But as Urias has met every challenge, he's been handled carefully by the Dodgers. The term "kid gloves" has never been more appropriate. He has thrown just 142 innings as a professional, all in A-ball. Sandy Koufax threw more than that in the first half of 1966. And the second half. And in each half of 1965.

That, of course, was a different era. Unlike Urias' southpaw predecessors who were thrown into the fire and told to swim, the Dodgers are handling Urias with the caution that comes with new information about pitcher usage and young arms. Urias’ workload has been monitored carefully, though 2015 could be the year he gets on a schedule similar to the one Kershaw had during his minor-league ascent. As a 19-year-old, Kershaw threw 122 innings, an amount that would represent a 35-inning jump for Urias and keep him in line with his developmental curve.

Urias, now 18, is ahead of where Kershaw was at this same point, having signed as an international free agent and begun his professional career two years before his American counterpart. Kershaw finished that 19-year-old season in Double-A, where Urias is expected to start at age 18. Despite rumors that he could ascend to the majors and emblazon his chest with cerulean script by this fall, it’s likely in the best interest of Urias and the Dodgers if he finishes the season in Double-A.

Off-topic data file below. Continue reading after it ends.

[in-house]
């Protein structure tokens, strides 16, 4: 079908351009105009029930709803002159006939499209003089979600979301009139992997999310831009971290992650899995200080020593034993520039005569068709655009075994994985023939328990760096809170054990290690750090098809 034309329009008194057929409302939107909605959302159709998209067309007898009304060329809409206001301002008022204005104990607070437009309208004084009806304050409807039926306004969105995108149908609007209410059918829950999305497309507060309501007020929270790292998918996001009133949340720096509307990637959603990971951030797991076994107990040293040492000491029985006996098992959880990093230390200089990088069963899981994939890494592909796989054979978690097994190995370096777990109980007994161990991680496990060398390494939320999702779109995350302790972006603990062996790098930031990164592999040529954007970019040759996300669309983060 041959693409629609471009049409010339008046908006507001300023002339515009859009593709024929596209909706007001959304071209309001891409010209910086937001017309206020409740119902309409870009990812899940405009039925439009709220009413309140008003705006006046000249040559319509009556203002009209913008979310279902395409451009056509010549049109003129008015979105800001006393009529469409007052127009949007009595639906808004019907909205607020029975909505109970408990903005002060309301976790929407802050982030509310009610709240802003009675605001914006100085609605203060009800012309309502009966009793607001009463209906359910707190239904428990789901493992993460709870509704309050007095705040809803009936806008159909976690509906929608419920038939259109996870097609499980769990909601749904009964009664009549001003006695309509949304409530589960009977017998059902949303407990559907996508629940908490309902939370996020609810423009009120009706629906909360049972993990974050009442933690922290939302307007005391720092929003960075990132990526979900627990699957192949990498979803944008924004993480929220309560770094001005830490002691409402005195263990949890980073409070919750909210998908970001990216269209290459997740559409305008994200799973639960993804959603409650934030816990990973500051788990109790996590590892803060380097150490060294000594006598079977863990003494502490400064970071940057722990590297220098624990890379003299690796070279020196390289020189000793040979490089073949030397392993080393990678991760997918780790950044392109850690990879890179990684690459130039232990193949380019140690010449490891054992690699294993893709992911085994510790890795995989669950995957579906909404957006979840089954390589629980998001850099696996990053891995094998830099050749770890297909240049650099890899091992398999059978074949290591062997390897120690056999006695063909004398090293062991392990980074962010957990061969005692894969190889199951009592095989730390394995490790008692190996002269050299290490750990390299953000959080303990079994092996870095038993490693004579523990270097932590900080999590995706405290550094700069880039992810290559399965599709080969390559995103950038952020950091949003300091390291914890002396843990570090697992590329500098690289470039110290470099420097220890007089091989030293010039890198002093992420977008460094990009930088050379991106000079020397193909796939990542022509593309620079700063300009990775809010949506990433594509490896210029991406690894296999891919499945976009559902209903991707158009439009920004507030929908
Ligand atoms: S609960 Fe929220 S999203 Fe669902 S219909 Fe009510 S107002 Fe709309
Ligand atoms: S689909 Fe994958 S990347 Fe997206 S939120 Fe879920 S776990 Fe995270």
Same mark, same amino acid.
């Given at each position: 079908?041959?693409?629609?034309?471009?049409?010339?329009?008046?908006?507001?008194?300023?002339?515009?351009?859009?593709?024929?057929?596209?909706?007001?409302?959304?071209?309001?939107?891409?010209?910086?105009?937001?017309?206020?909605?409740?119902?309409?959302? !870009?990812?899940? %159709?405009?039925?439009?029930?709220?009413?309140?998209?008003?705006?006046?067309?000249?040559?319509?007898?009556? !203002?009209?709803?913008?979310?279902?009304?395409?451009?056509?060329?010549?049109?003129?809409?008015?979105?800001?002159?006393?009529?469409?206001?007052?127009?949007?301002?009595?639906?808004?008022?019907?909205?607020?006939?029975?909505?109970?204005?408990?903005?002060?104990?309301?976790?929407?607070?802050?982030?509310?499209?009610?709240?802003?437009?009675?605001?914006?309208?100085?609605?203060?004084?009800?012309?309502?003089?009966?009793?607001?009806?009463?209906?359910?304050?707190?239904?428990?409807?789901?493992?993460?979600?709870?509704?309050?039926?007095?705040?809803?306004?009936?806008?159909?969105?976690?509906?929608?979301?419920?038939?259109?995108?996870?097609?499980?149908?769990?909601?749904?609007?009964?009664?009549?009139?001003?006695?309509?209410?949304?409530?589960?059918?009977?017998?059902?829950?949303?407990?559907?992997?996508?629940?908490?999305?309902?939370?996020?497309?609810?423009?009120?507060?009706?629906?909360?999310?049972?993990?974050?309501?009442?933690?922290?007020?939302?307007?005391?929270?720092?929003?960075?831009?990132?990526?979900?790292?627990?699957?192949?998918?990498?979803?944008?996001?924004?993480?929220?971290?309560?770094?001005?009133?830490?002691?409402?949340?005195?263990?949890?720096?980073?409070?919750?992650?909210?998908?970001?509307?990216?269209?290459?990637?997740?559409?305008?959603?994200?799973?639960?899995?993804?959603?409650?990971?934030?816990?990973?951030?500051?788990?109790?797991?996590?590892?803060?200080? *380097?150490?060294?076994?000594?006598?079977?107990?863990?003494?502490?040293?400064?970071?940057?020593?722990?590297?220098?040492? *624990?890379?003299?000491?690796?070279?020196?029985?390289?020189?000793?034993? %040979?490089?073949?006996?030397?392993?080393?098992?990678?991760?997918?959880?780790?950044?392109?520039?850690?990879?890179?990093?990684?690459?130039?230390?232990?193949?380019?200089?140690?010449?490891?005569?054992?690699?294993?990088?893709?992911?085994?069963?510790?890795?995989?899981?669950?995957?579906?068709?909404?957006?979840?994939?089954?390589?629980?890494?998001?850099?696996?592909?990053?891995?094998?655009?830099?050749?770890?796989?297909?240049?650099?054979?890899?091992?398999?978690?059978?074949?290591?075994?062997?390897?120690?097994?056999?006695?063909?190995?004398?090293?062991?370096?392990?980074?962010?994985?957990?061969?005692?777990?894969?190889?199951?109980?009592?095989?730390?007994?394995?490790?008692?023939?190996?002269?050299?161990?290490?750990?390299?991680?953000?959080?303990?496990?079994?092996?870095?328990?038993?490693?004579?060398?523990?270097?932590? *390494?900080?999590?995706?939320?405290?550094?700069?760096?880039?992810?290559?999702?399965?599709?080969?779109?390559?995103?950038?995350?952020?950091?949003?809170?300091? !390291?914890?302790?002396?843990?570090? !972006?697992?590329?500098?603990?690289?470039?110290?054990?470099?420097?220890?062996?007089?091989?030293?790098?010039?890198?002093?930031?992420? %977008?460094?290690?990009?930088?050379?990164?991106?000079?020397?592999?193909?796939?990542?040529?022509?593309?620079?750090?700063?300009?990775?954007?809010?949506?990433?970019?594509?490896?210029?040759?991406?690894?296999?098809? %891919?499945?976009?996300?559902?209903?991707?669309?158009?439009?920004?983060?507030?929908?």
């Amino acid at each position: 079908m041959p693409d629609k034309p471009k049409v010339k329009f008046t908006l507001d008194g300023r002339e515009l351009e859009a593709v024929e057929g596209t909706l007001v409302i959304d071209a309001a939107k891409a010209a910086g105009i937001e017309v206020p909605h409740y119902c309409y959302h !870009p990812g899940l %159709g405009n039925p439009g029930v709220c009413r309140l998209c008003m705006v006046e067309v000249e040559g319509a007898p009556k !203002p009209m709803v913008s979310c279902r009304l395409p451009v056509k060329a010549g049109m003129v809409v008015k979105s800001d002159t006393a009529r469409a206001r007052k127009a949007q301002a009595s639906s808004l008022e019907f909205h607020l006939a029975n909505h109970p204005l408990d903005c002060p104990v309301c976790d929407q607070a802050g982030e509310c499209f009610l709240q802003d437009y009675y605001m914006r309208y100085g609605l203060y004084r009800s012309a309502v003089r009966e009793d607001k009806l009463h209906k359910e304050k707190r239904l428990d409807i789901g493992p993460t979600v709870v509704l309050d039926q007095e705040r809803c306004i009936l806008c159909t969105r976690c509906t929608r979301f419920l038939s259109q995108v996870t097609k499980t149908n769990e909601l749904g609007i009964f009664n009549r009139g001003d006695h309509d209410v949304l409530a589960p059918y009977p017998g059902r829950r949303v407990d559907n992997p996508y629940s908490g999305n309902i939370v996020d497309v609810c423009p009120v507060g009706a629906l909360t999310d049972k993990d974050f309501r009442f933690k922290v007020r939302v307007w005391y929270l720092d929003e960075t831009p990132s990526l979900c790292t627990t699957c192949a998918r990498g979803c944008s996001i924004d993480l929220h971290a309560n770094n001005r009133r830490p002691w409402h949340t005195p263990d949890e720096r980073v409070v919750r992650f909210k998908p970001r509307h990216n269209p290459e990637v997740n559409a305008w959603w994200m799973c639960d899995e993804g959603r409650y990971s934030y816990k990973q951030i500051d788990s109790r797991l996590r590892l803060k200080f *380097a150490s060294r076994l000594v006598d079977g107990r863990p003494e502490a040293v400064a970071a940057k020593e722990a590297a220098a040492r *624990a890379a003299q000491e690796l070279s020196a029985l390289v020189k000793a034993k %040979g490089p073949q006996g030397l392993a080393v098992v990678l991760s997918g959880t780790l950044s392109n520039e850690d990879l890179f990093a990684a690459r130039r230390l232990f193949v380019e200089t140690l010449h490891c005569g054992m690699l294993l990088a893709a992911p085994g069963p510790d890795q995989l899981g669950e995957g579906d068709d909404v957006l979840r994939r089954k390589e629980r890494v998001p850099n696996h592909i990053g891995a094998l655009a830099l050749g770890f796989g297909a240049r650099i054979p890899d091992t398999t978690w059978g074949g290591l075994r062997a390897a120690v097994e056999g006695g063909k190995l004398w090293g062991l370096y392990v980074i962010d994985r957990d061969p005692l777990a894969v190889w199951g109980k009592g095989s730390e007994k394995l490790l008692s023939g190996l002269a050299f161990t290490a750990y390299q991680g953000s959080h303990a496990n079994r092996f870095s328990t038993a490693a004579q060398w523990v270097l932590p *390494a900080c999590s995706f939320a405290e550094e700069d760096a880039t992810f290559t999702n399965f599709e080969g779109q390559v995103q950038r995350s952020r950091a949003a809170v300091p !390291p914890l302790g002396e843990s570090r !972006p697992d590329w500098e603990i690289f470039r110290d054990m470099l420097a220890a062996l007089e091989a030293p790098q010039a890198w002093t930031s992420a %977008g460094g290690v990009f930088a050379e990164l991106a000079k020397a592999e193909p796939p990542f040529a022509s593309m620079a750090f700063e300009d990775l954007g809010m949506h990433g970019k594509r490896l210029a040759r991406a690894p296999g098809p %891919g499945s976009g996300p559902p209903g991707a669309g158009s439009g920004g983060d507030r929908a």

But the era in which patience wins out over anticipation has gone the way of the earless helmet and scheduled doubleheaders. Like a senior on prom night, we want things as soon as possible even if our hurry leaves us unfulfilled. Urias is in big-league camp this spring, meaning the attention is only heightened, and mainstream attention is bringing to the masses what those of us in the prospect niche already know.

Pitching on back-field mounds alongside Kershaw spotlights the comparison, and with every dominant season Kershaw turns in, the expectations on whoever is "the next" become more unrealistic. Yet Urias continues to exceed every expectation thrown at him. While scouting reports on him don’t match up with the level of dominance Kershaw has achieved, nobody’s do. Nobody projects to be a Hall of Famer, but we have them nonetheless.

So despite all the unrealistic expectations, despite the increasingly hot glare we shine on prospects, despite Urias' youth and inexperience, and despite the high bar history has set before him, it’s possible that he might be up to the task. Regardless of how this ends up, however, growing up in an unprecedented spotlight and beneath the shadow of legends has created a journey for Urias that few have endured.

Perhaps he’ll be better for it. Or perhaps the weight of history has set us up for disappointment, no matter his success.